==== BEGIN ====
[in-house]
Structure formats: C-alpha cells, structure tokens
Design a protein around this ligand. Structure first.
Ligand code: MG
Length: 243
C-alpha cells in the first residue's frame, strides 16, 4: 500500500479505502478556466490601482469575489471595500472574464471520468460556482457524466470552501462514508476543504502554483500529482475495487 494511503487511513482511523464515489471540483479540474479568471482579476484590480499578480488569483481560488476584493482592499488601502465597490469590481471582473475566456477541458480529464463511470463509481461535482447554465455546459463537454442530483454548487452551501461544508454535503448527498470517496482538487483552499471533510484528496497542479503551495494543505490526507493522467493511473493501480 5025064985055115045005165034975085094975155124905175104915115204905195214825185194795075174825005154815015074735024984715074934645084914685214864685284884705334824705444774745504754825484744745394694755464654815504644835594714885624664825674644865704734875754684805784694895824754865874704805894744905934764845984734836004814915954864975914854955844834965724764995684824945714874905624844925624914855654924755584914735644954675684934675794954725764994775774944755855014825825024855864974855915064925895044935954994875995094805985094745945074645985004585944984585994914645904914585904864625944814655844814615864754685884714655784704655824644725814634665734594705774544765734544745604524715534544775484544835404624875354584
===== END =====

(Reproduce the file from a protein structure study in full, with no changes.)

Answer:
[in-house]
Structure formats: C-alpha cells, structure tokens
Design a protein around this ligand. Structure first.
Ligand code: MG
Length: 243
C-alpha cells in the first residue's frame, strides 16, 4: 500500500479505502478556466490601482469575489471595500472574464471520468460556482457524466470552501462514508476543504502554483500529482475495487 494511503487511513482511523464515489471540483479540474479568471482579476484590480499578480488569483481560488476584493482592499488601502465597490469590481471582473475566456477541458480529464463511470463509481461535482447554465455546459463537454442530483454548487452551501461544508454535503448527498470517496482538487483552499471533510484528496497542479503551495494543505490526507493522467493511473493501480 5025064985055115045005165034975085094975155124905175104915115204905195214825185194795075174825005154815015074735024984715074934645084914685214864685284884705334824705444774745504754825484744745394694755464654815504644835594714885624664825674644865704734875754684805784694895824754865874704805894744905934764845984734836004814915954864975914854955844834965724764995684824945714874905624844925624914855654924755584914735644954675684934675794954725764994775774944755855014825825024855864974855915064925895044935954994875995094805985094745945074645985004585944984585994914645904914585904864625944814655844814615864754685884714655784704655824644725814634665734594705774544765734544745604524715534544775484544835404624875354584